International Crimes And Extradition: Processes And Procedures


It is misconstrued by most people that committing crime in other country and seeking refuge in another country prevents an offender or accused form being prosecuted.

Due to international treaties, conventions, Charters and Memorandum of Understandings, criminals are able to be traced, arrested and transported from a particular country to the other for trial and prosecution. This process is called the extradition process.

Extradition for international crimes is a formal process. This procedure transfers the person accused or guilty of a crime being transferred or surrendered to another country for trial, penalties or punishments.

These actions are regulated and completed through treaty. They are conducted between the United States Federal Government and foreign nation governments.

While this is similar to interstate rendition where the person is remanded to another state for trial, the international courts or the specific country of the person’s origin is used to ensure the trial is performed.

Usual situations involve a treaty for extradition, but some transfers of criminal elements are completed without any treaty in effect. When there is no peace agreement in existence, there is generally some form of reciprocity such as release of prisoners of war or similar circumstances.

In reverse, the United States do have provisions to extradite certain persons who have violated laws or have committed violence against United States citizens in other countries.

It is important to know the difference so that these treaties may remain in effect without any complications arising. This could keep conflict at bay and protect citizens of the country while in other nations.

It is the Office of International Affairs that is contacted by both federal and state prosecuting lawyers about this process when there is a need to extradite someone that is in another country.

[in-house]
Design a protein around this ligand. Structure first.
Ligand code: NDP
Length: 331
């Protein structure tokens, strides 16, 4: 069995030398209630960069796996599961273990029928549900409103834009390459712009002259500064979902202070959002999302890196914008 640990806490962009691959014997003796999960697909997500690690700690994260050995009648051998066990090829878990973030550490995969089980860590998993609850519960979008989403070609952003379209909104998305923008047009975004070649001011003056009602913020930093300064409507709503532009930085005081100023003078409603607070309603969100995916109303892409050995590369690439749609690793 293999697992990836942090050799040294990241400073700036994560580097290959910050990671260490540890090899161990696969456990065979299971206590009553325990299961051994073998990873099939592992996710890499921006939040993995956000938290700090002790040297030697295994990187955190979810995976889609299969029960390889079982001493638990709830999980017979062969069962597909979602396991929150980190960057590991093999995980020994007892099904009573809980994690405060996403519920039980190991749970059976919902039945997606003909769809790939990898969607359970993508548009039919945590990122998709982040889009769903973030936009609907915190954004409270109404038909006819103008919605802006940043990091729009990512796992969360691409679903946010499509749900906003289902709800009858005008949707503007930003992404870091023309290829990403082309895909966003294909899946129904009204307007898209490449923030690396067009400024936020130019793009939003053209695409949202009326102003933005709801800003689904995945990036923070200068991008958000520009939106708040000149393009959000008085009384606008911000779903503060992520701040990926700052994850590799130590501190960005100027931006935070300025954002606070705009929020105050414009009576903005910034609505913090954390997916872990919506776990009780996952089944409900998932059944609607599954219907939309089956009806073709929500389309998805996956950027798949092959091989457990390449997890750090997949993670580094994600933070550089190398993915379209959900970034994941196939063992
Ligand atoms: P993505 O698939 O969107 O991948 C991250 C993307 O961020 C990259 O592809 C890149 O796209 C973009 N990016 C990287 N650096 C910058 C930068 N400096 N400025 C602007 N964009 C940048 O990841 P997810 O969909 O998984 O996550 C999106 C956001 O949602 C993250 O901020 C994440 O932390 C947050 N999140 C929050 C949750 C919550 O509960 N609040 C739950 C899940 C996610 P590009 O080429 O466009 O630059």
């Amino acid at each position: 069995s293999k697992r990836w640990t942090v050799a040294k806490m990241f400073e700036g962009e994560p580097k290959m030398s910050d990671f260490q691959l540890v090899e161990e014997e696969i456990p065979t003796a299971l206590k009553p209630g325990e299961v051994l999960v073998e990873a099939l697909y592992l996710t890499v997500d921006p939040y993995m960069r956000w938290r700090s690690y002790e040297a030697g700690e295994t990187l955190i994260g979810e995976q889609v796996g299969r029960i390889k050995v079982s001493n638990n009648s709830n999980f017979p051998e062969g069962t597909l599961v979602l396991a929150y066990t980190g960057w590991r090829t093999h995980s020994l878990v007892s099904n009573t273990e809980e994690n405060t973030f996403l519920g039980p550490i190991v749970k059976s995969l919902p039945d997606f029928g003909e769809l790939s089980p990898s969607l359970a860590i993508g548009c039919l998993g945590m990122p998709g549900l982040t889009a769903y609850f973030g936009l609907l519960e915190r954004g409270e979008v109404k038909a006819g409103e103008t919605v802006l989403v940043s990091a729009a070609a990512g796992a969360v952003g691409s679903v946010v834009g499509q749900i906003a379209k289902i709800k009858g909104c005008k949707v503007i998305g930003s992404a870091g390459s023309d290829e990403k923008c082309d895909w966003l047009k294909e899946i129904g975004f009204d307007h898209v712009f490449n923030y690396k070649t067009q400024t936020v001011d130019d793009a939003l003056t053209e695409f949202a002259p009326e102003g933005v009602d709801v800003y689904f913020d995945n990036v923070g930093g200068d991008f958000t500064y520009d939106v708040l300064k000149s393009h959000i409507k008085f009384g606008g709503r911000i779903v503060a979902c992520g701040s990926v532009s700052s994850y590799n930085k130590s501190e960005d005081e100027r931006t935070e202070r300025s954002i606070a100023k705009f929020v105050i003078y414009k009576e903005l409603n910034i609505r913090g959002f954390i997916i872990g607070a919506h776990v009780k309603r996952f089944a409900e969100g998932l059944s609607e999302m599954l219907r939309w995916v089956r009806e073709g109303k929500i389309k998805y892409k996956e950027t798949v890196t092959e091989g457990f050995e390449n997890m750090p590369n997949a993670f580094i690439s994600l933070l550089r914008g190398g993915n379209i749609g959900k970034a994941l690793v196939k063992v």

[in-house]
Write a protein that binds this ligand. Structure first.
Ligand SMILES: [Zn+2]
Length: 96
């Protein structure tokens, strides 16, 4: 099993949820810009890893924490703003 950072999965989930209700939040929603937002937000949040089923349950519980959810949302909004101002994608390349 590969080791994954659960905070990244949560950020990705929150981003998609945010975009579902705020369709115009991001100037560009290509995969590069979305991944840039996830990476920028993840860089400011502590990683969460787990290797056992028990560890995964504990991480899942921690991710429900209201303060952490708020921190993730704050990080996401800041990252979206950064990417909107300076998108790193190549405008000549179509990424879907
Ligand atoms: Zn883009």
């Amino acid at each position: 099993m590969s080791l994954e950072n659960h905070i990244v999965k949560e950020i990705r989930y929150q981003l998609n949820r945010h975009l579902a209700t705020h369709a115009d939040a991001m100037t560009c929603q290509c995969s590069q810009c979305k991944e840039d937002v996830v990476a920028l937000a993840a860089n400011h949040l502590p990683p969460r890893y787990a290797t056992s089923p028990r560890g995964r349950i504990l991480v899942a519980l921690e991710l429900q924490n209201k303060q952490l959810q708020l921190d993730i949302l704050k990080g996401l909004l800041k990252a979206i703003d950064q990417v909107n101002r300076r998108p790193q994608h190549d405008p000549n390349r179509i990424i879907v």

Additionally, this same office is communicated with when a foreign national is being held by the United States Government and there is a request to extradite him or her to his or her country of origin.

This Office of International Affairs must review the case and approve the extradition protocol. When an unauthorised request occurs, this could lead to both financial liability to the requestor as well as other sanctions.

This is due to complications that arise when treaties are interfered with by these persons. Each extradition process is a separate procedure without any other connection. There are often different provisions based on the specific situation, and negotiations are completed discretely.

When lawyers contact the Office of International Affairs (OIA), the agency will advise about possible extradition and what steps should be followed based on the circumstances.

If there is no possibility of extradition, there may be other steps necessary that must be satisfied to return him or her to his or her nation.

To process the person for trial, the courts may need to contact the government to initiate the extradition process once the foreign national has been located.

Each act of extradition is started with a formal request with the country that has a treaty with the United States. These processes are supported through documentation. Provisional arrests are often permitted based on the amount of time these formal requests take to initiate.

When a provisional arrest is accomplished, the accused is arrested and detained when located. Then, the country of origin must submit the request.

Depending on the treaty, there is a certain amount of time that may take from 30 days to three months in usual circumstances. If the proper documents have not been supplied within the time limit, the person is then released.

This may cause difficulties, strains or complications with the treaty nation. The Office of International Affairs (OIA) becomes involved in these matters in determining if the facts surrounding the situation satisfy the requirement of immediacy with the terms of the treaty nation.

When these are met, the Office of International Affairs (OIA) requests the provisional arrest with the appropriate enforcement.

However, the prosecutor is responsible for a formal request with the correct documents if the provisional arrest factors are not met. These types of arrests may be necessary if there is the possibility of a flight risk with the accused. This could lead to faster results.

For these processes, it may be beneficial to hire an international lawyer. This legal representative may assist with the extradition process. He or she often has additional knowledge about how to handle the transfer of the criminal from the United States to his or her country of origin.


Source: Saint-Ayisi Samuel

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